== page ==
Vegetarian's Japan Guide

Shigain Monzeki: Where Enryakuji’s Head Monks Retired to

If you are wondering which Satobō in Sakamoto the head of Enryakuji retired to, it is the Shigain Monzeki Temple (滋賀院門跡). It was established when the buildings were moved from Kyoto’s Hōshō-ji Temple (法勝寺) at the beginning of the Edo period. Until the late Edo period, the Shigain Monzeki Temple was where the retired heads of the Tendai sect spent their final days of life.

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Explore Shigain Monzeki /Sakamoto With a Guided Tour

If you prefer to be guided when you visit Shigain Monzeki/Sakamoto, how about joining the below tour?

About Shigain Monzeki

Shigain Monzeki was built about 800 years ago. Shigain is the title of the temple given by the retired Emperor Gomizunoo (後水尾上皇). The term Monzeki (門跡) refers to the temple where the head priests are of imperial lineage.

Among all the buildings with masonry walls, the exterior wall of Shigain Monzeki stands out. The exceptionally tall white walls on a rock wall base are a sign to show visitors the high social status of the monks that lived here.

Unfortunately, all the splendid buildings and gates we see today are not from the Edo period. They were all reconstructed in 1880 after a fire hazard burnt everything down.

Scattered throughout a vast 20,000 square meter precinct are a Shoin (study/lecture hall), a monastery kitchen, and storage areas. The Kanō school (狩野派) artwork on the partitions done in the early Edo period in the Shoin is particularly worthwhile to stop by and examine.

The Chokushimon Gate (勅使門)

At the left of the main entrance of Shigain Monzeki, there is another more spectacular gate that isn’t in use anymore.

Chokushi is the title given to the messengers of the Japanese emperor. In the past, only the emperor’s messengers were allowed to use this gate when they brought messages and orders to the temple.

The Garden of Shigain Monzeki (滋賀院門跡庭園)

The garden of Shigain Monzeki Temple is also a popular place where tourists linger. The garden was designed by the first lord of Ōmikomoro Clan (近江小室藩) – Kobori Enshū (小堀遠州).

The Chisen Kanshō-style Garden (池泉鑑賞式庭園) is one of the gardens in Sakamoto that was designated as a National Place of Scenery Beauty.

The small waterfall produces such relaxing and refreshing sounds.

The type of Japanese garden is designed to admire the garden’s pond and other water-related features. Notably, the 5-meter-long stone bridge across the pond is made from just one giant rock!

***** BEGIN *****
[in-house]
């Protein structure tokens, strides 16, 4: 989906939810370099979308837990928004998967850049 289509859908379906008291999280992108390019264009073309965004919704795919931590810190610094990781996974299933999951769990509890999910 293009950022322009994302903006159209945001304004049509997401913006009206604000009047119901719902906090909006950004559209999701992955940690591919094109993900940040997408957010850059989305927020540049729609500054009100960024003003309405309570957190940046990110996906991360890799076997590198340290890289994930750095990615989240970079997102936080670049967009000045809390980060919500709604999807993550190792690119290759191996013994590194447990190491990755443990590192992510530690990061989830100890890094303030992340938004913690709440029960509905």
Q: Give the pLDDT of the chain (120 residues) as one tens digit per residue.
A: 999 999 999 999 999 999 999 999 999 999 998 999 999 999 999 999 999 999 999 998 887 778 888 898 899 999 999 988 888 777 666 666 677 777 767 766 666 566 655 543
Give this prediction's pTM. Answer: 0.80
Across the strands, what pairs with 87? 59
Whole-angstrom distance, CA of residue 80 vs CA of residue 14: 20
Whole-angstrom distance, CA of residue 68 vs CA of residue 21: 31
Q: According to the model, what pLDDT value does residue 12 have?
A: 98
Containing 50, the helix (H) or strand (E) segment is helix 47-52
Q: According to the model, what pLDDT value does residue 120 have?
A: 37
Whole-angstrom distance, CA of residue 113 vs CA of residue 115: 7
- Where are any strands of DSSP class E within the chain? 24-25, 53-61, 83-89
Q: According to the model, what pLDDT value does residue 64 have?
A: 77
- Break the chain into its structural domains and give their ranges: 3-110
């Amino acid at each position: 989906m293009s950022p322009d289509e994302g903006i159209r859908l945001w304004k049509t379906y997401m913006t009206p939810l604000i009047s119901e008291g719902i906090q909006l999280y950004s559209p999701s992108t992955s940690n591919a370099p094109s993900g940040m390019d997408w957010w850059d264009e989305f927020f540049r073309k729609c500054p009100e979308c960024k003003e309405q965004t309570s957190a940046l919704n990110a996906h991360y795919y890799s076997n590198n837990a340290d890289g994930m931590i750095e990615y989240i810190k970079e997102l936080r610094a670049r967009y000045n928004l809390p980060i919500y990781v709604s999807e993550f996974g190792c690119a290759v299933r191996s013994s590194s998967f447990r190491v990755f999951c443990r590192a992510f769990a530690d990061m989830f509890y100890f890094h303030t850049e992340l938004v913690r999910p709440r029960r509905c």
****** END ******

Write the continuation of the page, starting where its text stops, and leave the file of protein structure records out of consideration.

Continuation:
Remember to look for a crane or turtle when you get there. They aren’t that obvious. So, it can be good fun to identify them. Check with the staff at reception on your way out to see if you got the correct answers (^_-)-☆.

The temple hints that they might be bigger than you would expect and are not formed by a single object (´▽`*).

You can find the answer at the temple’s reception. The staff has kindly marked the turtle island and the carne formed by the water on the photos displayed there.

The Cultural Properties at Shigain Monzeki

The garden that we just introduced is at the Shinden Hall’s west. It was built under the order of Tokugawa Iemitsu (徳川 家光), the third Shogun of the Tokugawa shogunate.

The Shinden Hall (宸殿) is in the same building as the Nikai Shoin (二階書院). The entire building is divided into several rooms. Each room has a couple of cultural properties exhibited.

For example, the armor suit in the photo is determined to belong to Tenkai Daisōjō (天海大僧正), the monk who built the Hiyoshi Toshogū (日吉東照宮) in 1634 and glorified Tokugawa Ieyasu as Tōshō Daigongen (東照大権現). Although Tenkai was a monk, he was an excellent adviser to Tokugawa Ieyasu, and thus has armor. His armor, including the helmet, was made from paper and cloth to make it lighter.

While the photo doesn’t capture the entire sliding door painting, what is painted on the doors is a cherry blossom tree. It is said that the painting completed in the Momoyama period is the oldest cherry blossom painting on the sliding doors.

The splendid palanquins in the Instagram post (the 5th, 7th, 9th, and 10th photo) were vehicles of the highly ranked priests and emperor’s messenger. They were only used at special religious ceremonies.

The second photo in the Instagram post is a painting of the scene when Gautama Buddha passed away. Usually, when a painting has images of Buddha, the Buddha is centered in the middle. However, the Gautama Buddha in this painting is drawn towards the right-hand side to illustrate the idea that all living things are equal.